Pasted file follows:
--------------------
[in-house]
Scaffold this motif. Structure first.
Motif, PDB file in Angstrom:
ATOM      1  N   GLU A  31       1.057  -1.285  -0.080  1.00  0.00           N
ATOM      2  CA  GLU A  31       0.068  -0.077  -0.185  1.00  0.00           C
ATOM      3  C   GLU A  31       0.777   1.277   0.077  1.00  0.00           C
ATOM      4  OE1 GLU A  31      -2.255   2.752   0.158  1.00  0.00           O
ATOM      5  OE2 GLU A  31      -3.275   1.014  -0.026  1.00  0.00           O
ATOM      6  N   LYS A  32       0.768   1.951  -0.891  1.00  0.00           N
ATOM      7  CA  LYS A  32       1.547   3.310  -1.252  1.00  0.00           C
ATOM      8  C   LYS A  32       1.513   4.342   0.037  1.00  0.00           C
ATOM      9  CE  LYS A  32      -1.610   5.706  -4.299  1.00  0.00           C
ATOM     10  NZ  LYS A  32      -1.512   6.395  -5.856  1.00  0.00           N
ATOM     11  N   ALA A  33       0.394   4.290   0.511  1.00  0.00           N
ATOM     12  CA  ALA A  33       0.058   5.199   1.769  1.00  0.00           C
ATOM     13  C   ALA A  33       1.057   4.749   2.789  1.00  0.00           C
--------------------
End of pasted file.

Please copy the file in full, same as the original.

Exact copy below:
[in-house]
Scaffold this motif. Structure first.
Motif, PDB file in Angstrom:
ATOM      1  N   GLU A  31       1.057  -1.285  -0.080  1.00  0.00           N
ATOM      2  CA  GLU A  31       0.068  -0.077  -0.185  1.00  0.00           C
ATOM      3  C   GLU A  31       0.777   1.277   0.077  1.00  0.00           C
ATOM      4  OE1 GLU A  31      -2.255   2.752   0.158  1.00  0.00           O
ATOM      5  OE2 GLU A  31      -3.275   1.014  -0.026  1.00  0.00           O
ATOM      6  N   LYS A  32       0.768   1.951  -0.891  1.00  0.00           N
ATOM      7  CA  LYS A  32       1.547   3.310  -1.252  1.00  0.00           C
ATOM      8  C   LYS A  32       1.513   4.342   0.037  1.00  0.00           C
ATOM      9  CE  LYS A  32      -1.610   5.706  -4.299  1.00  0.00           C
ATOM     10  NZ  LYS A  32      -1.512   6.395  -5.856  1.00  0.00           N
ATOM     11  N   ALA A  33       0.394   4.290   0.511  1.00  0.00           N
ATOM     12  CA  ALA A  33       0.058   5.199   1.769  1.00  0.00           C
ATOM     13  C   ALA A  33       1.057   4.749   2.789  1.00  0.00           C